I think many readers will identify with single mum Karen. Her style is the opposite of helicoptering. I call it submarine parenting. She has four children ranging in age from six to 12 and is facing an early menopause, so energy is at a premium. No wonder Karen lacks the enthusiasm for a suitable relationship.

There are plenty of men in Hampstead Fever too, like Geoff who’s a doctor, and Sanjay who works as a fundraiser. Laure’s partner Dan is now an up-and-coming chef at a new restaurant in the heart of Hampstead Village. It’s the perfect place for a trendy bistro, but Dan complains he’s not paid enough, so, rather than use one of the existing restaurants as a setting, it seemed fairer to make up a new one. But I sited it in Flask Walk, a very real street.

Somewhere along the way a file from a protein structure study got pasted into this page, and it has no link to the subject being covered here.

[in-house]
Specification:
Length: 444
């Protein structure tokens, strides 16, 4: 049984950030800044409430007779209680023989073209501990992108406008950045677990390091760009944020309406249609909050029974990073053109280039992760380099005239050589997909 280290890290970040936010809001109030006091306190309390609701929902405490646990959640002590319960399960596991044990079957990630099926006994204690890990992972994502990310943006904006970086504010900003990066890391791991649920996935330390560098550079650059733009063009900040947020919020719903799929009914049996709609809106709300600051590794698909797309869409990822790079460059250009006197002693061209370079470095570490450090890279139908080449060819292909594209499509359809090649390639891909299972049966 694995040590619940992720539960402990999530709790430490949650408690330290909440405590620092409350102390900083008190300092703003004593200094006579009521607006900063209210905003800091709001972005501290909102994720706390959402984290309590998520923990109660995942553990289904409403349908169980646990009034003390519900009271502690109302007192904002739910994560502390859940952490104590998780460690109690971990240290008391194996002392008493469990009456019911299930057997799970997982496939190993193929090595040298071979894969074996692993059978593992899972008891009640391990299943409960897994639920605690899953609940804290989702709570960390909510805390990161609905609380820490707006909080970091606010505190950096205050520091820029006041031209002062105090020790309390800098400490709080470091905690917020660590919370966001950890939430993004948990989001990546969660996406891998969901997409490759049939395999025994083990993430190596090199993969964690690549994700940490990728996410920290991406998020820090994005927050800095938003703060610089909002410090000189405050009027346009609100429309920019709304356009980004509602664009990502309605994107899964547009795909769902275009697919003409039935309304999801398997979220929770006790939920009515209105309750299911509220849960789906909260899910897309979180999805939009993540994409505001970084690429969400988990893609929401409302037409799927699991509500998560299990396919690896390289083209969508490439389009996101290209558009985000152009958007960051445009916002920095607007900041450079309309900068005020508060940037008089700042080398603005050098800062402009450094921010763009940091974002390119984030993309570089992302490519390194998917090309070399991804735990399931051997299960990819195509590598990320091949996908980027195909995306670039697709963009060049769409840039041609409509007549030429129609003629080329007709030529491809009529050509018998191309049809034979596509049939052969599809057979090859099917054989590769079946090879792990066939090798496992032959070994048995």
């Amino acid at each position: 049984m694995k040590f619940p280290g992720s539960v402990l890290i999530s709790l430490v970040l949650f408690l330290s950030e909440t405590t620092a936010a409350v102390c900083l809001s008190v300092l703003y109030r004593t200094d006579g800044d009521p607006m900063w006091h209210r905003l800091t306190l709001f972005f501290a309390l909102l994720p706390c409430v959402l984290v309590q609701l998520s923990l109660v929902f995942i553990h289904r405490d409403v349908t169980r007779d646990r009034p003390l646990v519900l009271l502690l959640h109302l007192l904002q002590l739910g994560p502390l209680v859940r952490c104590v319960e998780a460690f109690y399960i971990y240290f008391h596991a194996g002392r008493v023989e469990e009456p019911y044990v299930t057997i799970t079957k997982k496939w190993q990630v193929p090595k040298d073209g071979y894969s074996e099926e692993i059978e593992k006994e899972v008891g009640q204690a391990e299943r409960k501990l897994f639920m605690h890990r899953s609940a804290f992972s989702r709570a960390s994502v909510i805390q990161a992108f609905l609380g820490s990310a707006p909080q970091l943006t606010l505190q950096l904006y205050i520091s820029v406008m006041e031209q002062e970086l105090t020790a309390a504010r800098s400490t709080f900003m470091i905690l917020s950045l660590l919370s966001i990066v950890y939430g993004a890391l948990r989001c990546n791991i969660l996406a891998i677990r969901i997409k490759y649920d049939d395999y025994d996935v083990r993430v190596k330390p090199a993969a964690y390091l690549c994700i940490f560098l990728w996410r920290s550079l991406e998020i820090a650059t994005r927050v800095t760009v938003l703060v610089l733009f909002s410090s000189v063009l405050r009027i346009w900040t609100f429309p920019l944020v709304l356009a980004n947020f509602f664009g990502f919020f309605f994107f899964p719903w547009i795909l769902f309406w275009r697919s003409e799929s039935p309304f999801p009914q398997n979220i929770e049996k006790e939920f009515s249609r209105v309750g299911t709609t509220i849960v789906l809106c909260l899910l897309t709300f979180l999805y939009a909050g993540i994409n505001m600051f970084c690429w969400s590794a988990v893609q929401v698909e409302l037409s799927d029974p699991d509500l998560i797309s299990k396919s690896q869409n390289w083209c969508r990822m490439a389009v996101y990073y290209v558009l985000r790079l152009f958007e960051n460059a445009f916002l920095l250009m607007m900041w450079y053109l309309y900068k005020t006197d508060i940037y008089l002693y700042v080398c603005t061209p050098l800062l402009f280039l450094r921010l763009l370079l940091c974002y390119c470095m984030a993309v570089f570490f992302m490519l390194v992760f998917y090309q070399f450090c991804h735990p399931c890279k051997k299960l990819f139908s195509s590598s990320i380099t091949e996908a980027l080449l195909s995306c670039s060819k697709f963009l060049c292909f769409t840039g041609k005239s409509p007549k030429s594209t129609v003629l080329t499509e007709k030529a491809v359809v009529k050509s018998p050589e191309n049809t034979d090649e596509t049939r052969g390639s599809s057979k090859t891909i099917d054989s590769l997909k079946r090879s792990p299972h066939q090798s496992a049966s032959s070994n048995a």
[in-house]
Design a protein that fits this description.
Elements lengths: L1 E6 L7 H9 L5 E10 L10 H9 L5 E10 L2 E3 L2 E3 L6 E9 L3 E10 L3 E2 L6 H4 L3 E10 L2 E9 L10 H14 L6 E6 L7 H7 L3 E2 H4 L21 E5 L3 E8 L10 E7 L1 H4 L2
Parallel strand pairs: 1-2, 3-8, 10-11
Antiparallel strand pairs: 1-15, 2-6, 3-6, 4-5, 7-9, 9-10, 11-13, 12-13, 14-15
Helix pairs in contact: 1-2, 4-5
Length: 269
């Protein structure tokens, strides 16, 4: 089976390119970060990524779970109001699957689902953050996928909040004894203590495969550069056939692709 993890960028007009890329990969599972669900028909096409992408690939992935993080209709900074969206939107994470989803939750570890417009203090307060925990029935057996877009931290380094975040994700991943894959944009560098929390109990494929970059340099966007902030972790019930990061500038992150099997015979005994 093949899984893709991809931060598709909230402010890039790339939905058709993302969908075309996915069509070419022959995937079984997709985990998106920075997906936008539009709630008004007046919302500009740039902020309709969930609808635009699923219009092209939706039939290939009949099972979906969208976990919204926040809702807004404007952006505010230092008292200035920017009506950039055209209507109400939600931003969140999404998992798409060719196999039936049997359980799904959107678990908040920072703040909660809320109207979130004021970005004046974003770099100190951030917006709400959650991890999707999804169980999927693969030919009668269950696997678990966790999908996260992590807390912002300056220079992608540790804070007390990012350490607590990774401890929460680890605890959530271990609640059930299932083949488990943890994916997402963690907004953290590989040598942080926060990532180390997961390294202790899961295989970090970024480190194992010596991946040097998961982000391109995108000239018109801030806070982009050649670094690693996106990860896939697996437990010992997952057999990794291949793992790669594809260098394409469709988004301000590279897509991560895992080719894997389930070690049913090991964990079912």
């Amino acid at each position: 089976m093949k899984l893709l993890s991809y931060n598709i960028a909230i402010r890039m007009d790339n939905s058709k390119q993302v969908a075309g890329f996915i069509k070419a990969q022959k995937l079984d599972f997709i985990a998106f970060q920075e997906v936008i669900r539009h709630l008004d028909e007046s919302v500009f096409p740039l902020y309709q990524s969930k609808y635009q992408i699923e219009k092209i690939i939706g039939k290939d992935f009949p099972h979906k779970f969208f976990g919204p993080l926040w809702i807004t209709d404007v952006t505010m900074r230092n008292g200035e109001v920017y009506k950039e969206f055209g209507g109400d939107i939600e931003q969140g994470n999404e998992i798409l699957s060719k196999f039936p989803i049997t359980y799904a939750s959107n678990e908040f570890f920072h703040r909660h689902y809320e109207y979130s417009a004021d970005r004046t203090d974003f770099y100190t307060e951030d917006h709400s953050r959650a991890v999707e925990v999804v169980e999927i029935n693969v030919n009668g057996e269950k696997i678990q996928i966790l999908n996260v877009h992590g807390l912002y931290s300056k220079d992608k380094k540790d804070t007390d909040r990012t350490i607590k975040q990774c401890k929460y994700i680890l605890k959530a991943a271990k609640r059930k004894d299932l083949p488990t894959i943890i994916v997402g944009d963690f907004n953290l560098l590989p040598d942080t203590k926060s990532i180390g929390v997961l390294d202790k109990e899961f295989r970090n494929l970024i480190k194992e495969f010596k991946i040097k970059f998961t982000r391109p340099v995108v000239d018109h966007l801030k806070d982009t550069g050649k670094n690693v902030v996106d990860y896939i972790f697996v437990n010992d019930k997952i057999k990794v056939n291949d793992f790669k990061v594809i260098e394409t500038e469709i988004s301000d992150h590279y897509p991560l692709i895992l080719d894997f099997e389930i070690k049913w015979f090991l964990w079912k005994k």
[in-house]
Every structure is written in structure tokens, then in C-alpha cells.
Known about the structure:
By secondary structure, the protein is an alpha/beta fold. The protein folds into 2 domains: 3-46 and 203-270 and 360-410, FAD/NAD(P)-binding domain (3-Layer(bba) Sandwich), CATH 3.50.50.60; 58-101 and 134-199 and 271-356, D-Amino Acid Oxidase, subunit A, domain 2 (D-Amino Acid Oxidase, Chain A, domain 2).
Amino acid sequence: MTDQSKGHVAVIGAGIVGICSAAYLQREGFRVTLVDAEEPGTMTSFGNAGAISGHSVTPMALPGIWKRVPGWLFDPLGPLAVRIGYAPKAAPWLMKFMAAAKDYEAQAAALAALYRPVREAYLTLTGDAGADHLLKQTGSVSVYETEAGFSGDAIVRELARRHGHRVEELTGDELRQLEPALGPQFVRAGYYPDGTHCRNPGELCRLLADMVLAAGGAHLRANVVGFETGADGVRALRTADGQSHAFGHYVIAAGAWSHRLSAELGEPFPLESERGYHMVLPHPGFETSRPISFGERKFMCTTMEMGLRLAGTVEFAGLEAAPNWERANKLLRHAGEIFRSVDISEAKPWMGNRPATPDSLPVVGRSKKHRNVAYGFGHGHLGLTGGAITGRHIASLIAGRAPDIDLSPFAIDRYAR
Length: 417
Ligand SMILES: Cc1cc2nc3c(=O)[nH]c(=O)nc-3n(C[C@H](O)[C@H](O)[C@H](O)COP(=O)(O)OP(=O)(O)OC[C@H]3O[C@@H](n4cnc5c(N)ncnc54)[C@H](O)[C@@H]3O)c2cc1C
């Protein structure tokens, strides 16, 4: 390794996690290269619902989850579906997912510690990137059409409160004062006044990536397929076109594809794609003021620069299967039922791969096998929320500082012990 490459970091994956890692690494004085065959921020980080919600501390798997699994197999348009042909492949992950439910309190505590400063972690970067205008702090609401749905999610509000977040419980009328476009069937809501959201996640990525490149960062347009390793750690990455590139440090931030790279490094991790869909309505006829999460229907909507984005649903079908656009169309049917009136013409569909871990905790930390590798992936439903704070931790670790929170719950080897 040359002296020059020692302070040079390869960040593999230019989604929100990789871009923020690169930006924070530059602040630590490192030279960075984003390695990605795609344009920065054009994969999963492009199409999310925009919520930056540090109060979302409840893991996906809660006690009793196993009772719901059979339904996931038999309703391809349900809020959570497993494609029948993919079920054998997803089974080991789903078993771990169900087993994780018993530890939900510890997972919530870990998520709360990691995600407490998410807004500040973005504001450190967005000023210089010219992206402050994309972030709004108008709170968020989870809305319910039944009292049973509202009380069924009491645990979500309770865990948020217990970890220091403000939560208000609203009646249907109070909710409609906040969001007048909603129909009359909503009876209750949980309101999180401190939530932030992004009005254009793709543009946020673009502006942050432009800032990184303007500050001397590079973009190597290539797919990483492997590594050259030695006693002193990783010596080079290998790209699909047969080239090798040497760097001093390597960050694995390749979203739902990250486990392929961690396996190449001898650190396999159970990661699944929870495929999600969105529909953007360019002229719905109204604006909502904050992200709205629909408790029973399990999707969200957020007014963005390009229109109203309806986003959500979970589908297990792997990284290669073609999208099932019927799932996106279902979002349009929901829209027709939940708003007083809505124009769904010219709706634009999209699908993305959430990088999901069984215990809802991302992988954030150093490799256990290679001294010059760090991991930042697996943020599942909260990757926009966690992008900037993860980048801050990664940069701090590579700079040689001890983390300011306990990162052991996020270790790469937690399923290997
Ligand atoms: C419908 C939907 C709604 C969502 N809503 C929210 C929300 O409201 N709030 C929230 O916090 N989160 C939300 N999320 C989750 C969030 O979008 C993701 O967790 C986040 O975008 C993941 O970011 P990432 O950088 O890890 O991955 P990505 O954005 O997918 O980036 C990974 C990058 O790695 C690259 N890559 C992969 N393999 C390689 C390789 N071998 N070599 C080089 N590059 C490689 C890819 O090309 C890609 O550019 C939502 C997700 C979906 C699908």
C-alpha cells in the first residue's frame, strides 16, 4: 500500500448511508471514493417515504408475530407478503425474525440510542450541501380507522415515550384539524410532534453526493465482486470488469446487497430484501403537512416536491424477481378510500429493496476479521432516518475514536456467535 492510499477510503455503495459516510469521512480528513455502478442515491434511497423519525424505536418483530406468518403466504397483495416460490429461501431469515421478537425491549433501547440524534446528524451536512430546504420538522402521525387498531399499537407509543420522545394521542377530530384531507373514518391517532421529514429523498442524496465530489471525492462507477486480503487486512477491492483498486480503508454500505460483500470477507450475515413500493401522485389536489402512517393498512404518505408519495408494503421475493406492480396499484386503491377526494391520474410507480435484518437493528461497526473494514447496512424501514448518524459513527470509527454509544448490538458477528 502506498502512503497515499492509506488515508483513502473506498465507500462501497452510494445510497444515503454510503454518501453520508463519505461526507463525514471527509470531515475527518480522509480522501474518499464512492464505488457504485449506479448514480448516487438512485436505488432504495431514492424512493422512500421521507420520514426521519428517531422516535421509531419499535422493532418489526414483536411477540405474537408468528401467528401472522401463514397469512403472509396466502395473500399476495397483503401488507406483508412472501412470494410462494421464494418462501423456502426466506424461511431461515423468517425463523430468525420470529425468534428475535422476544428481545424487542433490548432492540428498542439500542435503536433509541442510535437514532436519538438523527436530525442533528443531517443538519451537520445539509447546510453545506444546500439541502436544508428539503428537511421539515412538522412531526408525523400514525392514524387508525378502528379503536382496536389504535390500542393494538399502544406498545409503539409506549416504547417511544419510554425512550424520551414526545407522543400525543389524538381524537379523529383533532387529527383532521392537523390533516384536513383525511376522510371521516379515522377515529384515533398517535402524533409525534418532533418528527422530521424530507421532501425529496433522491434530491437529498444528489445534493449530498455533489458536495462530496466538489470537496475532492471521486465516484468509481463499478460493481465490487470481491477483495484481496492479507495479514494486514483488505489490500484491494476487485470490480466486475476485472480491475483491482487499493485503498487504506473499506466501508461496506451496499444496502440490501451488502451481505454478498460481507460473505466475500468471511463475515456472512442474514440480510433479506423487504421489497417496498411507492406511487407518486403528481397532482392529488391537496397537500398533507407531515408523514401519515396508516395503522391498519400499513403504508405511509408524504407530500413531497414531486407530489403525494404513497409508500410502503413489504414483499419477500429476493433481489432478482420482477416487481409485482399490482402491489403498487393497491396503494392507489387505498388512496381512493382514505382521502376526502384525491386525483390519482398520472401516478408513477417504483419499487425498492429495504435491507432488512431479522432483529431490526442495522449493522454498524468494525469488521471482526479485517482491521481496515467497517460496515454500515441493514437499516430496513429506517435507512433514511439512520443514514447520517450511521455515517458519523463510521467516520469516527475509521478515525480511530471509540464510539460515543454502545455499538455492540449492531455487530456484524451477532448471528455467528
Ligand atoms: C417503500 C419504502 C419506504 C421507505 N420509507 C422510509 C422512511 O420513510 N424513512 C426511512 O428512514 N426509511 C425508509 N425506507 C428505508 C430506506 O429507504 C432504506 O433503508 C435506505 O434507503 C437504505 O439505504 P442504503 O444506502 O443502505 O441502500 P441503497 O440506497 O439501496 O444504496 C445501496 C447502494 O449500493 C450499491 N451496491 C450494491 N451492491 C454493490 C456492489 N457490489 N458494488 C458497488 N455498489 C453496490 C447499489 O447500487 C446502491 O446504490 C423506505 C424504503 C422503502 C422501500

A plus is that I live in Hampstead. Researching a location involves little more than a brisk walk, unlike, say, a writer in the UK who chose Venice as her setting.

I wanted my new author photo to fit in with the locale, but as I discovered you can’t always take one when and where you want. Hampstead Heath proved a little windy and wet on the day, which wouldn’t have been right for a book set in mid-summer.

My photographer got me to pose in the street near the Freud Museum. While the connotations may be a little heavy for my brand of contemporary fiction, the building is attractive. Alas, I hadn’t bargained on the crowds of people arriving to pay homage to the father of psycho-analysis. The Freud Museum doesn’t open till noon, so they were outside, waiting to be shown in to worship at the great man’s couch (yes, it’s still there in his study). One of the prospective visitors had even brought a suitcase, so there he was, on the pavement with his baggage. Now that would have been a great picture.

Hampstead Fever was released on June 30 and available on ebook platforms and in bookshops.